The drum sounds strong—“Thump! Thump! Thump!”—at the end of the ceremony. “The Picking of the Pledge!” the medicine man announces. Slowly, he begins to dance to the drum. Heel, toe, heel, toe, heel, toe, thump, thump, thump. Clutching an arrow in one hand, he circles the gathering on the hill, searching among the campers and counselors for the next member of the tribe. Who will be worthy to take the oath? Who will be able to endure the ordeal of initiation? Who will walk the walk and talk the talk of the tribe, and set an example of an exemplary human being? The entire camp holds its collective breath. Thump, thump, thump, heel, toe, heel, toe, heel, toe.
Finally, he leaps over one startled camper. A loud yell comes from his mouth. “Ayyyyeee!!!” Eyes closed, head pointed to the heavens, he stands howling over the unexpecting initiate, the arrow held high over his head between his strong hands. Two braves from the tribe run toward the initiate, grab him under both arms, and drag him off into the woods. Younger campers rise to their knees. Their mouths are open; they stare wide-eyed after the novice being dragged off. Nervous laughter and chatter erupt. Suddenly there is silence. The drum begins again. The hunt continues for another initiate.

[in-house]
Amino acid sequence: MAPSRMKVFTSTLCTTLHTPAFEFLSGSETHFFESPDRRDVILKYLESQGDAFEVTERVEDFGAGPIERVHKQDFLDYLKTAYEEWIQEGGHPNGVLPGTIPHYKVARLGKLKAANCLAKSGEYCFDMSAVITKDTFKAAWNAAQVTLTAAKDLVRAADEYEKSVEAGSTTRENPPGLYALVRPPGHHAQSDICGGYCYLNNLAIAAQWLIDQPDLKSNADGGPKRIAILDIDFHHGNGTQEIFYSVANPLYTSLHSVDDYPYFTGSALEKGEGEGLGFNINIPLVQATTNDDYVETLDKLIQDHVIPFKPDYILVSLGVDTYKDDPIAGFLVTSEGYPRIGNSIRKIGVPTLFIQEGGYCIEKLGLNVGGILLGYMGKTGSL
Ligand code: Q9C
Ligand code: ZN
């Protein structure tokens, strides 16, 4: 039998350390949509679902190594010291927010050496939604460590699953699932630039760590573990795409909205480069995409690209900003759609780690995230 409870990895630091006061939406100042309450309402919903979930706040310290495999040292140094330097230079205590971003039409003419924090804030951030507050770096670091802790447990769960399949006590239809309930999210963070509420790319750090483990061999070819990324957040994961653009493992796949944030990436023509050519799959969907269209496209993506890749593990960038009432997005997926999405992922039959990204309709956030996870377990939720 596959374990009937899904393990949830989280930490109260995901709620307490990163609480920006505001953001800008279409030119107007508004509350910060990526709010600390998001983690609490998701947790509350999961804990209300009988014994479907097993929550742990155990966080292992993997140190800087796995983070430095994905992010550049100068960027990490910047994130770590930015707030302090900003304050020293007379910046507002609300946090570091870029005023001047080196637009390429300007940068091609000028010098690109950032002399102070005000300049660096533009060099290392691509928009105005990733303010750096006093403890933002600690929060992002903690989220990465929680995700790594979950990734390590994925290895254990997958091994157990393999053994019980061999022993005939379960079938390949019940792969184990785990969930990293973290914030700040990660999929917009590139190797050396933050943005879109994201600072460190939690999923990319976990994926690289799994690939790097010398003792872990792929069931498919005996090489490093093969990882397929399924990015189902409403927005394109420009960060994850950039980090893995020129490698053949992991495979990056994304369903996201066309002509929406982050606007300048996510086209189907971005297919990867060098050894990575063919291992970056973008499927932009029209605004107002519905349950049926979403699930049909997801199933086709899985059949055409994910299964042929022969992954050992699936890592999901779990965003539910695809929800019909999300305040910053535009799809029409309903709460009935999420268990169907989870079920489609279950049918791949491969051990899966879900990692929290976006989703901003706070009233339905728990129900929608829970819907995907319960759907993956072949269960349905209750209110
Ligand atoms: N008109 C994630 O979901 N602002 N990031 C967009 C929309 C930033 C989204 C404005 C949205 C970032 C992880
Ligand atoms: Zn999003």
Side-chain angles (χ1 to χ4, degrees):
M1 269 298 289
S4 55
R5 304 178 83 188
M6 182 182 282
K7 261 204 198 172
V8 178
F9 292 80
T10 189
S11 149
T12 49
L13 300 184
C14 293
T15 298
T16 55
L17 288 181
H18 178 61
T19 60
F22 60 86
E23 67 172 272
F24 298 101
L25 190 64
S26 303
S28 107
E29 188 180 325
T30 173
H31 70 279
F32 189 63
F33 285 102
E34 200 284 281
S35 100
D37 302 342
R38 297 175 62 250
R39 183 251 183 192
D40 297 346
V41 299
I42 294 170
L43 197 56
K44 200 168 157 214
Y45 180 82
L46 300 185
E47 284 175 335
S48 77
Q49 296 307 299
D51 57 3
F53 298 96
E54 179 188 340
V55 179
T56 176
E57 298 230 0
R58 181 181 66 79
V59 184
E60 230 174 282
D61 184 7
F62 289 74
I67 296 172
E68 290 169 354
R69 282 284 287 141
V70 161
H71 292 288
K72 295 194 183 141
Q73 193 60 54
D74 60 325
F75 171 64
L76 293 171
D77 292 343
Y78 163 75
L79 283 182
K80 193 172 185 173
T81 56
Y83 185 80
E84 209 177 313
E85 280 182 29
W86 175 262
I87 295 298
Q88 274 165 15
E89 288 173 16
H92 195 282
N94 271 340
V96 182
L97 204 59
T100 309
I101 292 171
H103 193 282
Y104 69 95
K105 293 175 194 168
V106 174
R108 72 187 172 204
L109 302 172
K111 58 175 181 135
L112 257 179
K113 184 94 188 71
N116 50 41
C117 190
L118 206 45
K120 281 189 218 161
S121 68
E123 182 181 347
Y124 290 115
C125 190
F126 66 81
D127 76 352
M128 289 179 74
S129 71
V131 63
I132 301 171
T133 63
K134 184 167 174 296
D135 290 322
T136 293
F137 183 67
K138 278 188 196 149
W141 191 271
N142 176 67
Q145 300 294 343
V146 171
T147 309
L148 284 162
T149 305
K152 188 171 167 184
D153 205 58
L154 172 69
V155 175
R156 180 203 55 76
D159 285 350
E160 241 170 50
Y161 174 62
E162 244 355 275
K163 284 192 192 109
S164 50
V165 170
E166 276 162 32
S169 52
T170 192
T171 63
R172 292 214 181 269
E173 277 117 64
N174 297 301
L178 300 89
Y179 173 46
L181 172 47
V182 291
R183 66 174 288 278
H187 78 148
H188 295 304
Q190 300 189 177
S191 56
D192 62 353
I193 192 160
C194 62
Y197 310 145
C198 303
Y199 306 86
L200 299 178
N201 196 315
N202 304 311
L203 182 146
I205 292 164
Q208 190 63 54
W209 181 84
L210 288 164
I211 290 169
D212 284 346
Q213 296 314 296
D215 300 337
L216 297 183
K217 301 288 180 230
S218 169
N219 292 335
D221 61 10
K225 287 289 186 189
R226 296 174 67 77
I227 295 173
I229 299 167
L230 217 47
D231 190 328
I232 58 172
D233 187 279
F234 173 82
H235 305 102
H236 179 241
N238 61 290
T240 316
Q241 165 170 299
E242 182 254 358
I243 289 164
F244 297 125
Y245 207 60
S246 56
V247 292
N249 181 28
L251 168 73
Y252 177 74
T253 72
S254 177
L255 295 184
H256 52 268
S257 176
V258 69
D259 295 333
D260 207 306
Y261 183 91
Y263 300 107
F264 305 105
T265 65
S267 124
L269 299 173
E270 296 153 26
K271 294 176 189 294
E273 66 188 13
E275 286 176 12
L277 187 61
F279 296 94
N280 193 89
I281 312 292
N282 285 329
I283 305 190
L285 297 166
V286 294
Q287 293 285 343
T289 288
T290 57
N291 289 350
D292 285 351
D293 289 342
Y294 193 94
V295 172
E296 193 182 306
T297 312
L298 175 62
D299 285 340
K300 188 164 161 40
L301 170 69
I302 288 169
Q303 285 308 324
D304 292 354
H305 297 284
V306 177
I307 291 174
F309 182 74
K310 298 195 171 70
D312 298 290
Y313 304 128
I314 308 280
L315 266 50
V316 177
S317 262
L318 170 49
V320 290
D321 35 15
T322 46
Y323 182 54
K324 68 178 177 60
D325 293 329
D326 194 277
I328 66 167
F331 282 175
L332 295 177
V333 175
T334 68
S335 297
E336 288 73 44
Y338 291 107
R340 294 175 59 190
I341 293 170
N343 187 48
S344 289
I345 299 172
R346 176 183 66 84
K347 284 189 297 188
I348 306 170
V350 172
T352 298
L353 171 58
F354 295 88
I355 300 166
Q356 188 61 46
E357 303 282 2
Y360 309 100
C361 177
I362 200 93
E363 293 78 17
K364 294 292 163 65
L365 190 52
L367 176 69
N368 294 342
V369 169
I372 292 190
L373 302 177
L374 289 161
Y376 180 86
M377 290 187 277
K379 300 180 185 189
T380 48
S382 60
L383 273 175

For years that little boy sat on the hill, watching the story of his life unfold before him. He yearned to be picked, to be initiated into the tribe. The hill became smaller as the summers passed and the boy grew with the stories of the tribe. The cycle of the ceremonies drew the camp together and each youth yearned in his heart to be initiated, to become someone and part of the great mysteries and lore of the tribe.
Then, one night, as the campfire burned down and the embers glowed in the dark, the drums once again called out, “Thump, thump, thump, the picking of the pledge.” The medicine man began his search among the gathering on the hill for the new initiate.